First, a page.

Wednesday, June 03, 2009

Brain overload

Perhaps the most important report in a newspaper today is a piece in The Daily Telegraph headed: "24-hour news streams and constant Twitter updates causing brain overload".

The importance does not stem from any topical immediacy but in explaining, in part at least, what is happening in politics today – more specifically why it is happening.

The piece describes work by Professor Dilip Jeste in the current edition of Archives of General Psychiatry - and other work in Proceedings of the National Academy of Sciences - telling us that digital advancements feeding a 24-hour news culture could be starting to move too quickly for the human brain and causing it to overload.

To give it a contemporary edge, Jeste refers to "constant emails, news alerts, and Twitter updates" which are contributing to numbing our brains and outpacing our neurons' processing capabilities. The combined research shows that our reactions to traumatic news stories are becoming increasingly flippant as our minds are trying to seek comfort in the simpler things that cause no stress or provoke a need for analysis.

The research has found this overload may also be causing increasing levels of depression and the quicker we know about events, the less it seems to be sinking in and having the expected effect.

This seems to be very much a physical effect, in that the neurones associated with traits such as human wisdom or empathy, are sited in the slower acting, recently evolved regions of our brain. They are bypassed when the world feels stressful. The tendency is for our primitive survival instinct to take over and dictate behaviour.

Thus, the constant bombardment of news outstrips our abilities to digest the facts, match it with appropriate reactions and then behave accordingly.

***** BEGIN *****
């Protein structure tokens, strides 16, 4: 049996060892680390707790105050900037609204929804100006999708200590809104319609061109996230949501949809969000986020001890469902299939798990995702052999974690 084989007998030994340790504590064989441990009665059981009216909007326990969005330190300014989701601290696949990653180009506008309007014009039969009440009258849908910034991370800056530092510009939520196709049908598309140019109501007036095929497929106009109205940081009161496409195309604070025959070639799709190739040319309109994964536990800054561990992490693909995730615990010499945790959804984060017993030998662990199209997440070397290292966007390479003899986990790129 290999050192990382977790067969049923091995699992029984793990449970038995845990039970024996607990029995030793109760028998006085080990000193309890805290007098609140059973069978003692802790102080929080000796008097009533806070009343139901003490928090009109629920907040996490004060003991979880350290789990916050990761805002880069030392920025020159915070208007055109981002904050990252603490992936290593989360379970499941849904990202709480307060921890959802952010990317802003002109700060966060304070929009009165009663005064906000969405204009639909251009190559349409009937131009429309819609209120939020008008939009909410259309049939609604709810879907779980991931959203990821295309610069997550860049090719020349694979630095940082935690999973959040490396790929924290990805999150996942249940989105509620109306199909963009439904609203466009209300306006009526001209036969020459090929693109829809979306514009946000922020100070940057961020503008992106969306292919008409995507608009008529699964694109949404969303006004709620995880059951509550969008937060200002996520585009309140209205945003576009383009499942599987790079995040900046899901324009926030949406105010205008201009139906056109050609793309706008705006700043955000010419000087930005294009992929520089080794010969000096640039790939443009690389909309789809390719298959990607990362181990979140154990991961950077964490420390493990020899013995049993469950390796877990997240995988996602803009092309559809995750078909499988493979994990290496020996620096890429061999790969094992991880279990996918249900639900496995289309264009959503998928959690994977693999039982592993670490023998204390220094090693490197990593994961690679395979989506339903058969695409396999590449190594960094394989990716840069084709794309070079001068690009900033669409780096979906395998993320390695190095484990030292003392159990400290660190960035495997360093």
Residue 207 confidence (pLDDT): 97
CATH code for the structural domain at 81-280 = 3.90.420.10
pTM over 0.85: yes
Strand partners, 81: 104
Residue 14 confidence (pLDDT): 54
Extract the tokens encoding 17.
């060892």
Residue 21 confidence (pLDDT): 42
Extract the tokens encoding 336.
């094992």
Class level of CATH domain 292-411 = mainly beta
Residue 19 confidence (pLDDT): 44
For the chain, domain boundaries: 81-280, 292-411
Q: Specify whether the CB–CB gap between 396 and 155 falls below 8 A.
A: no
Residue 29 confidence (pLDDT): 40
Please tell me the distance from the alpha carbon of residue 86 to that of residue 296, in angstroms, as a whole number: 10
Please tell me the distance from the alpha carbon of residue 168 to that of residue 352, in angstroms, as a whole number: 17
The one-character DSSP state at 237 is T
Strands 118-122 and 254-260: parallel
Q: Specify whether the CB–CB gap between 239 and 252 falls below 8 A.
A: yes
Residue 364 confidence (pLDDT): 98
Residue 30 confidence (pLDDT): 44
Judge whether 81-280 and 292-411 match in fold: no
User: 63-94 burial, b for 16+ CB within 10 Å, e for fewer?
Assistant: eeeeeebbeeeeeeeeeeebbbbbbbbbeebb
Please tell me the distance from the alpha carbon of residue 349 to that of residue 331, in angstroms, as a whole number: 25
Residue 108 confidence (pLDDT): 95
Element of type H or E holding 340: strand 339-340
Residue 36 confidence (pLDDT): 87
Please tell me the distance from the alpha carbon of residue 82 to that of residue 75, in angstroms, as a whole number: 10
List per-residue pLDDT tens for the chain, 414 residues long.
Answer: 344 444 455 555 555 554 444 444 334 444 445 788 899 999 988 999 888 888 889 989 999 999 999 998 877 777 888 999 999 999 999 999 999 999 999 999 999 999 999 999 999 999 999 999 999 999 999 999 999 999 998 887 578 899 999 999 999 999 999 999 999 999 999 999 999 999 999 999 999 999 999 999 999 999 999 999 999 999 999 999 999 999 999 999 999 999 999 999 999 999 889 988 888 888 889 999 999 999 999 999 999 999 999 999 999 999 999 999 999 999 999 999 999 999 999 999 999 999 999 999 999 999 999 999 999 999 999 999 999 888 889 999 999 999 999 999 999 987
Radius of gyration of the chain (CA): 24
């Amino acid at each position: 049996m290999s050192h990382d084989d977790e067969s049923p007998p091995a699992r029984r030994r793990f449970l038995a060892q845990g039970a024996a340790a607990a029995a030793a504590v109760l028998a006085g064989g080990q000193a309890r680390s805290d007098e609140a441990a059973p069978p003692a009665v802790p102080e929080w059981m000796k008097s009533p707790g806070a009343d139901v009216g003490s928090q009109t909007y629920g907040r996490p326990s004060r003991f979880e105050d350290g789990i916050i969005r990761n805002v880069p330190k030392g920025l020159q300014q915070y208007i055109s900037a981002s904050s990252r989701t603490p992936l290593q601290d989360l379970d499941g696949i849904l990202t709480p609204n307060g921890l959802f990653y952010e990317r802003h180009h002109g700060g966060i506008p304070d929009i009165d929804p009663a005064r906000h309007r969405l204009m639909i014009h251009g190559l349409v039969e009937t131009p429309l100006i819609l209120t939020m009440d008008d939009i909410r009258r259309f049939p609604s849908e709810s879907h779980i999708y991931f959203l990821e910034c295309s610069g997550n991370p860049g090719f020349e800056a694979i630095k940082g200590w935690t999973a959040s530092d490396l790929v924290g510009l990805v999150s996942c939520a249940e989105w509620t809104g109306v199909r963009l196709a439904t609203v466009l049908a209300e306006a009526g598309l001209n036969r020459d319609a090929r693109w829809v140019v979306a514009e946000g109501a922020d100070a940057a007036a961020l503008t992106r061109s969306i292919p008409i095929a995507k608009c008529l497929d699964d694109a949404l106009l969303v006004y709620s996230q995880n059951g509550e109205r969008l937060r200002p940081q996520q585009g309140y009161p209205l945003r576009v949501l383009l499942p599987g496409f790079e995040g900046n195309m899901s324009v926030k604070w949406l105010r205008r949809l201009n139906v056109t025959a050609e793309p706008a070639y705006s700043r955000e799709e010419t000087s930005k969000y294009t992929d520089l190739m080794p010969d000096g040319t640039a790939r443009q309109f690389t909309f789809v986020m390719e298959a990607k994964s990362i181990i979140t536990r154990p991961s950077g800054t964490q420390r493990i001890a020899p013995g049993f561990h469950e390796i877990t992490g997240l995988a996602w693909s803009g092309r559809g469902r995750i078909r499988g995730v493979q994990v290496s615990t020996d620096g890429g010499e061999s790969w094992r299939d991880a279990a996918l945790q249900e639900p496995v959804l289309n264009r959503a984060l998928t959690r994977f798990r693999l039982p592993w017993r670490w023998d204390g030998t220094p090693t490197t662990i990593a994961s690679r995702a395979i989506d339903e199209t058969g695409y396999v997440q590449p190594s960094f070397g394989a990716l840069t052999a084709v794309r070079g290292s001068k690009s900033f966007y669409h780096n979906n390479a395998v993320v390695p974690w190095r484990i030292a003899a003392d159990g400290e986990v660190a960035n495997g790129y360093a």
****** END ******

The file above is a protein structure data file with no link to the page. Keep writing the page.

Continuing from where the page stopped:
What is not stated in the research – but merits special study – is the fact that one of the groups most exposed to this phenomenon is the politicians – and especially MPs. And it is not only the electronic media – it is the whole rush of information from diverse sources.

We ruminated on this last year, remarking that, in the hothouse of Westminster, there is simply no opportunity to pause and reflect. Our politicians are deprived of the time and space they need to take stock and think things through.

What this research seems to do, therefore, is put scientific clothes on what we have called the "bubble effect" where MPs in that very peculiar and stressful environment are entirely dysfunctional for a reason. We are not designed, as human beings, to cope with what they have to deal with.

Not least, this might explain the "Iain Dale syndrome" where reactions ... are becoming increasingly flippant (or lightweight) as "our minds are trying to seek comfort in the simpler things that cause no stress or provoke a need for analysis." Hence, you see the tendency to avoid hard-edged issues and retreat into the soap opera of politics, focusing on the tat, the personalities and the theatre. It is perhaps not surprising that so many of the claque are devotees of Twitter.

I have written to Prof Jeste with some observations, and hope he will respond – and will keep you posted if he does. But, if he and his colleagues are half way right about the effects of "brain overload", we have to think very hard about how our MPs work, what we ask of them and how they manage their affairs.

If we are actually asking of human beings more than they can deliver, then we should not be surprised if they fail to perform as expected.